Every Mind Matters / We All Get Sad Sometimes


There’s two emails you might receive from me this week, a planned one, and an unplanned one. This is the unplanned one. What’s life without a little surprise?

I’m going to jump right into what I want to talk about. This week in the UK, the NHS launched Every Mind Matters, a very high profile and strong concept campaign providing support and awareness for mental health issues, focused around the idea that everyone will face them at some point in their life.

Here’s some of their branding, which I suppose I’ve technically stolen, but since I’m crediting them and it includes both their message and their call to action, I don’t feel too guilty about it.

It’s bold and effective, and I’ve just noticed that little logo is a cute combination of a thought bubble and a brain. Nice. They’ve got a high concept TV spot feature lots of celebrities and lots of “normal” (fame-typical?) people being honest and endearing.

The agenda is clear and a positive one.

It’s okay to experience stress. It’s common to experience anxiety. Depressive thoughts, self-doubt, and feelings of loss and rejection are frequent and universal, and the NHS has provided some resources and advice on how to handle them.

That’s the NHS, the provider of public (and some private) healthcare in the UK. Not a charity, not a foundation or institute, but our actual healthcare provider, sitting up and taking notice of the absolute ubiquity of mental health issues, and providing active assistance for them.

So here comes the cynicism. Firstly, of course the NHS is interested in providing mental health support before the first point of contact. If people are enabled to deal with their mental health on their own, they’re less likely to approach their doctor or surgery, and will in turn free up NHS resources.

There’s nothing wrong with a healthcare provider wanting to free up its resources though, and there’s nothing wrong with raising support and awareness for mental health issues.

But… most of this support is things we have heard before. Healthy diets. Walks in the woods. Asserting your need for space and respect in the workplace and at home. Making time for yourself. Mindfulness and wellness. All great approaches for dealing with mental health issues, but not mental illness.

A walk in the woods won’t cure your obsessive compulsive disorder. Your PTSD will not be resolved by a hearty stew. Schizophrenia does not go away if you have a long bath.

The campaign doesn’t make any claims to fix these illnesses. Fair enough.

My real concern is how it could affect the public perception of mental illness. It has taken a long time – pretty much the entire young adult part of my life, if I’m honest and subjective – for responses to depression and anxiety to rise above the isolating “we all get sad sometimes” suck-it-up attitudes.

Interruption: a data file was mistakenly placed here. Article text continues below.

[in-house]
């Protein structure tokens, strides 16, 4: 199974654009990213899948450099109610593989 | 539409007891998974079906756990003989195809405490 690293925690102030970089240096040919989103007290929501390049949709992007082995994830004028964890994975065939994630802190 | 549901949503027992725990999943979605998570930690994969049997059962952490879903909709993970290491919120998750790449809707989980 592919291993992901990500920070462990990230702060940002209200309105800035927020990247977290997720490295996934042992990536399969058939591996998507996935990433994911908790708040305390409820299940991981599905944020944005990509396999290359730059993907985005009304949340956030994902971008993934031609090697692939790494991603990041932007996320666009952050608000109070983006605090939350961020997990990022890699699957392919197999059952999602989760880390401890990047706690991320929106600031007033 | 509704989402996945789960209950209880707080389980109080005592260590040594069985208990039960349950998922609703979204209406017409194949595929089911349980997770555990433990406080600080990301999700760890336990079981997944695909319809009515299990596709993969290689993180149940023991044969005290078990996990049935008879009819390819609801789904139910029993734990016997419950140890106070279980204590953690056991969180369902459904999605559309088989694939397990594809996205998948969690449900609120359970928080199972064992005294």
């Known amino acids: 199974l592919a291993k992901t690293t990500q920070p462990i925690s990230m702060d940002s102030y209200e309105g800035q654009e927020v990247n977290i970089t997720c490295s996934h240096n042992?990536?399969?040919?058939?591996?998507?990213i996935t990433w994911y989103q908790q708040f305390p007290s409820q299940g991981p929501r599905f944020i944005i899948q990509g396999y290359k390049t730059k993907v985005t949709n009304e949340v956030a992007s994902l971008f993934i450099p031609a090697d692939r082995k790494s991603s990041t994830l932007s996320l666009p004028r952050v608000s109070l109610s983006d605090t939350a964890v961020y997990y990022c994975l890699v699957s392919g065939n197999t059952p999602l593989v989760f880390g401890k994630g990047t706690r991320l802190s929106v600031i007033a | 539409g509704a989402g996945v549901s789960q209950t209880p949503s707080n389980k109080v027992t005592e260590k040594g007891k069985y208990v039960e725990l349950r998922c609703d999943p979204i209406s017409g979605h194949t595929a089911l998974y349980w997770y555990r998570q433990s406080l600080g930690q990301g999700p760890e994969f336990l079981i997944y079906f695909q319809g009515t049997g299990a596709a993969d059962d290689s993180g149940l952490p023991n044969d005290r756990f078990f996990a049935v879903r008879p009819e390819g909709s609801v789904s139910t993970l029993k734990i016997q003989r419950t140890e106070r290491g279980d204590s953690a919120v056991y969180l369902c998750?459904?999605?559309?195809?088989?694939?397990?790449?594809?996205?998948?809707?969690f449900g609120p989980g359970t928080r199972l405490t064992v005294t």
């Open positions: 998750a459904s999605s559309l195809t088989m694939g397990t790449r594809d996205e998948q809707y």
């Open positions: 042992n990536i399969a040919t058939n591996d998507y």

The Every Mind Matters campaign is a step in the right direction, but the drive to present mental health issues as universal runs the risk of standardising all social and psychological concerns across the board, and “We all get sad sometimes” becomes “Well a walk in the woods worked for me”.

There’s the possibility of a sort of ungrateful stigma being applied to those who need something more, those for whom a woodland walk and a nice bath isn’t enough, because their mental illness is just that- an illness that requires treatment.

“We raised awareness of depression at the bake sale last month, what more do you want? Well our Sandra found that meditation helped with her nerves, what’s so special about you that it can’t fix your anxiety?”

When you normalise mental health, you remove something from the individual experience, and risk forcing it into a more standardised and typical framework, which is particularly problematic when the boundaries between mental health and mental illness are still so blurred.

Anyway, that’s my unfinished thought. I’m going to be bringing you a lot more unfinished thoughts, because I think they work better than the more meticulously planned out and frankly kinda dull essay emails. Also I promised you behind-the-scenes material for All Better Now, and well – you just read some.

Like all works-in-progress and unfinished thoughts it is open to discussion, and if you want to have one you just go ahead and hit that reply button.

That’s me opening myself up to whatever your responses might entail, which is a semi-big deal. You don’t have to be nice, but try to be human.

I hope you are well.

P.S This month I tried to go 7 days without saying or posting a negative word about another person. It was difficult, refreshing, and I’ll tell you all about it soon.

P.P.S. Remember that as a member of this community, only you will get the opportunity to pick up 500ish Days In The Quiet Room at a scarily low introductory price, and after launch only you will get a digital copy of the companion collection All Better Now for absolutely free!